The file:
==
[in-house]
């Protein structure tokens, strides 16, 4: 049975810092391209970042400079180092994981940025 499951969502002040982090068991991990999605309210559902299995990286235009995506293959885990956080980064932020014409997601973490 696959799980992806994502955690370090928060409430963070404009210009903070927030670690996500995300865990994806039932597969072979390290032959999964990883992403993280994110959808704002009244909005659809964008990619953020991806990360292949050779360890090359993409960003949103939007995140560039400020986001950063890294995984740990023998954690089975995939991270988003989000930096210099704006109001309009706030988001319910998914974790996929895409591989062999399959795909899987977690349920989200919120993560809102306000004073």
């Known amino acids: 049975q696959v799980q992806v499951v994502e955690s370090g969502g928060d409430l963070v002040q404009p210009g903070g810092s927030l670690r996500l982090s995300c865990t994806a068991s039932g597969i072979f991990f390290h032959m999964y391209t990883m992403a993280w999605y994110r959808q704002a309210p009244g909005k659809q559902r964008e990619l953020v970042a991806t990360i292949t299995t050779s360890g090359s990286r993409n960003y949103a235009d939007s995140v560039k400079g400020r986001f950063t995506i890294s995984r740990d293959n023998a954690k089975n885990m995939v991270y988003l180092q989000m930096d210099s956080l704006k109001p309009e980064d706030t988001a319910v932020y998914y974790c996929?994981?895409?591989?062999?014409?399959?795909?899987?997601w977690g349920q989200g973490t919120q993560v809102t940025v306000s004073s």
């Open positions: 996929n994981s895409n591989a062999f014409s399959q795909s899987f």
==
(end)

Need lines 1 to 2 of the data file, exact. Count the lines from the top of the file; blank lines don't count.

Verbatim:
[in-house]
């Protein structure tokens, strides 16, 4: 049975810092391209970042400079180092994981940025 499951969502002040982090068991991990999605309210559902299995990286235009995506293959885990956080980064932020014409997601973490 696959799980992806994502955690370090928060409430963070404009210009903070927030670690996500995300865990994806039932597969072979390290032959999964990883992403993280994110959808704002009244909005659809964008990619953020991806990360292949050779360890090359993409960003949103939007995140560039400020986001950063890294995984740990023998954690089975995939991270988003989000930096210099704006109001309009706030988001319910998914974790996929895409591989062999399959795909899987977690349920989200919120993560809102306000004073």